- Consumerism: Looking at my ginormous wardrobe and these many pairs of shoes and thinking «How deluded was I to believe that I needed all that stuff? To think that if I have this one more blouse, I would feel better?». 2020 was the year that taught me that I am enough and good the way that I am. And that I don’t have to torture my skin with make-up every day. I get pimples from wearing make-up – a real viscous circle because then I need more stuff to cover up the pimples. This year, I broke that circle. I used to buy a new outfit every couple of weeks and thought that this feels good. This year, I found out that it’s all in my head and all the unspoken beliefs I hold about how things should be can be questioned and dismantled, one by one. I never want to forget that lesson. Of course, I still buy things occasionally and I don’t wear rugs, it’s just that I am more cautious and conscious now about if and what I buy.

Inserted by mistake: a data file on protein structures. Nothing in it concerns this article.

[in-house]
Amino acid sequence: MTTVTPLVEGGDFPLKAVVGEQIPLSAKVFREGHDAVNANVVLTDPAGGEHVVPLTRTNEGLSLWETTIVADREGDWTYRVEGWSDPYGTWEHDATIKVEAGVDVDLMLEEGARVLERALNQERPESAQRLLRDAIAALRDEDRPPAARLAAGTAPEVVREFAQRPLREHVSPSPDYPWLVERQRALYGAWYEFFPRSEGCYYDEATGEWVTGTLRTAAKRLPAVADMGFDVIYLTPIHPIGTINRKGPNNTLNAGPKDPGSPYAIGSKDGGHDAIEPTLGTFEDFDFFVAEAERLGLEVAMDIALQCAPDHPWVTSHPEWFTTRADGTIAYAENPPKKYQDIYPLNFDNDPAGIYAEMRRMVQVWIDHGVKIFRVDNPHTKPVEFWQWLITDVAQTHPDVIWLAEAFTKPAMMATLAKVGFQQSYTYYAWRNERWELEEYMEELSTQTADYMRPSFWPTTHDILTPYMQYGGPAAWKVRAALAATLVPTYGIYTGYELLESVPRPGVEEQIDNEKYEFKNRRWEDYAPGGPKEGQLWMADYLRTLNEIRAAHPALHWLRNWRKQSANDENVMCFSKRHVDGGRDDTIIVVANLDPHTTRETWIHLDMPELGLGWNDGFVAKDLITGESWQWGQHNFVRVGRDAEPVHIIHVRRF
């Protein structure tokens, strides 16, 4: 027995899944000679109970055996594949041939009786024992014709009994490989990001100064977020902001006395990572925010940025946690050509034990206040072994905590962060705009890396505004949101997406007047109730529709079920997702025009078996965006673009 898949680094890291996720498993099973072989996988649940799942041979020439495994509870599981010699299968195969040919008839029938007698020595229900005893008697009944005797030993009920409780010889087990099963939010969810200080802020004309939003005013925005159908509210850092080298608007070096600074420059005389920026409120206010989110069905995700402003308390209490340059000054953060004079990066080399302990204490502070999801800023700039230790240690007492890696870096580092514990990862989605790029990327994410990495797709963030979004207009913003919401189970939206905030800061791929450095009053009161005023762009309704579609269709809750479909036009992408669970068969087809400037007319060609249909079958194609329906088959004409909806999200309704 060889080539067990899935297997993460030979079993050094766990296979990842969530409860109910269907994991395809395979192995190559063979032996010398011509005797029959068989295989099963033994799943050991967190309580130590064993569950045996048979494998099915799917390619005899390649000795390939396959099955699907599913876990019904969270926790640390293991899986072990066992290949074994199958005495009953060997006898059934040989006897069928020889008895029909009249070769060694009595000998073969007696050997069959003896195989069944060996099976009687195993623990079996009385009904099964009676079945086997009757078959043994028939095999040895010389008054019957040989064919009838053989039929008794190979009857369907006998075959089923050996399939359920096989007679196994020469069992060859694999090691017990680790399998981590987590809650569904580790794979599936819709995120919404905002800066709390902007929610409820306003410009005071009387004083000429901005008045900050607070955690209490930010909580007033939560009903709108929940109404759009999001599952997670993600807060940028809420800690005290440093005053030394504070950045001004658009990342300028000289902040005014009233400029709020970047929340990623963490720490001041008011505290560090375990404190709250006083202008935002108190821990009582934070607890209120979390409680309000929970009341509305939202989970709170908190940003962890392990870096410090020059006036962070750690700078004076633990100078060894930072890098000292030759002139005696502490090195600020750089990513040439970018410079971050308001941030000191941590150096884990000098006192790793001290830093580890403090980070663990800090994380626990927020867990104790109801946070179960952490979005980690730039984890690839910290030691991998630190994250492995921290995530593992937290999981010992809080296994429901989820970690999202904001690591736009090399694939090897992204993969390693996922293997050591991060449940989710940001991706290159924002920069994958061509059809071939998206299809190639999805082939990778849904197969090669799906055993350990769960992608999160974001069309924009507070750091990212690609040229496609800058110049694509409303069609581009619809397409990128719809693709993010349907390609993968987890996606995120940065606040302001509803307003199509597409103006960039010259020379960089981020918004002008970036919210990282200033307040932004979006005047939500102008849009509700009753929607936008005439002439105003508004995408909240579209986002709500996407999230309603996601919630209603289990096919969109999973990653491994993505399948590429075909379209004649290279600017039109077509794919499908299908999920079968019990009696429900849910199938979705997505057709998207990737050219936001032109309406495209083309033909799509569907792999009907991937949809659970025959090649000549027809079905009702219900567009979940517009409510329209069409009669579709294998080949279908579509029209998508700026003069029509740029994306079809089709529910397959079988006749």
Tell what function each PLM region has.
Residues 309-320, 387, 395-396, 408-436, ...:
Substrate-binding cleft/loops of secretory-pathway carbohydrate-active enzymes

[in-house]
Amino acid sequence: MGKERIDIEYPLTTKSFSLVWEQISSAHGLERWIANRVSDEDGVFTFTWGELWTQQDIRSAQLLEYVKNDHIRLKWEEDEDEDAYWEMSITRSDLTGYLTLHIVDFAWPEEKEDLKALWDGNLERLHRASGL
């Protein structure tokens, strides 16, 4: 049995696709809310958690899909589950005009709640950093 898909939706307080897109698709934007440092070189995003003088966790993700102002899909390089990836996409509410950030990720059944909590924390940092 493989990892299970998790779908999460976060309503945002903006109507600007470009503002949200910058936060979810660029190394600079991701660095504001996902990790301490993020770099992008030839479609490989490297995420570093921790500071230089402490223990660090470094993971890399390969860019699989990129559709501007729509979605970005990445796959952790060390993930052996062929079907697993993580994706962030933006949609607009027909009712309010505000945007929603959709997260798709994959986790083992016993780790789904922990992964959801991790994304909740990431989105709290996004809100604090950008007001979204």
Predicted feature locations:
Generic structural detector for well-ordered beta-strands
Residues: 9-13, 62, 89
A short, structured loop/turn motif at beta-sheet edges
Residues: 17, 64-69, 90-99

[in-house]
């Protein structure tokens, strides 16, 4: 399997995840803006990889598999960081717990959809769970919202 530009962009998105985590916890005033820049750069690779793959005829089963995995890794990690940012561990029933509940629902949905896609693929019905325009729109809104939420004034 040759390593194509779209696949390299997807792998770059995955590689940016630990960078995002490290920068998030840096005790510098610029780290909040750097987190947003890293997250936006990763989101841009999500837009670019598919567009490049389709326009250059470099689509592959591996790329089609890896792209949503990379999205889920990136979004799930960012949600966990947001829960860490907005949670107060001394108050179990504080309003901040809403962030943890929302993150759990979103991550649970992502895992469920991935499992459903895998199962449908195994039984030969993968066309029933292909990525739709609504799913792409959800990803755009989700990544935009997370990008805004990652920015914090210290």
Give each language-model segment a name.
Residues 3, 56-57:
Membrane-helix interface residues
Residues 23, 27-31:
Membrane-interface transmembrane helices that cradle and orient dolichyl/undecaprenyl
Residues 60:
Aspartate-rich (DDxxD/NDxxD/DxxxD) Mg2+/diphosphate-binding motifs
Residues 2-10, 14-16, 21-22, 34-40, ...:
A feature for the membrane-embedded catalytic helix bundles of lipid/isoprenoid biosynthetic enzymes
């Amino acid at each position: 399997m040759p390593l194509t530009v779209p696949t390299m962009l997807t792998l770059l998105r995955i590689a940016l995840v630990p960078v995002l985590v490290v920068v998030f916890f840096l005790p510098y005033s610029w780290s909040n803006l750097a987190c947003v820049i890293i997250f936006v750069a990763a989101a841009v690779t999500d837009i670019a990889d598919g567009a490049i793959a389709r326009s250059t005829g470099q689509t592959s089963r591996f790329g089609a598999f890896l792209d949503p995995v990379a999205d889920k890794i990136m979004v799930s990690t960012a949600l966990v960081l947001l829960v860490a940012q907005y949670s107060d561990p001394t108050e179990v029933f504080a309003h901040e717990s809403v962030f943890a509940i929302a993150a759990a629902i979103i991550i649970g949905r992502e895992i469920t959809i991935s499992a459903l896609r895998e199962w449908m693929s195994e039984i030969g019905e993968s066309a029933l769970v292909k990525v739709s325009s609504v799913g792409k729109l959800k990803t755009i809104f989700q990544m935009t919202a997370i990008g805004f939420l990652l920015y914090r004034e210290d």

- Standing up for democracy: Here in Germany, we have had a steep rise this year of conspiracy theorists and people who fundamentally disagree with the way the country is run. Some genuinely believe that the vaccination implants a chip and that our head of state is a reptile. I am shocked and saddened by how their own fear and feelings of being powerless, kindled and exacerbated by egoism and the notion that “someone has to be to blame” can lead people to breed and act out so much hatred. So much anger and delusion that they cannot be reached any more through conversations, sense, and exchanging points of view fairly and respectfully. I am irritated about how much space had been given to these enemies of democracy on the streets in the past months. Although they clearly had broken the rules many times before, they were granted yet another march in yet another city, and another and another. This year has taught me that common sense is not as common as it should be.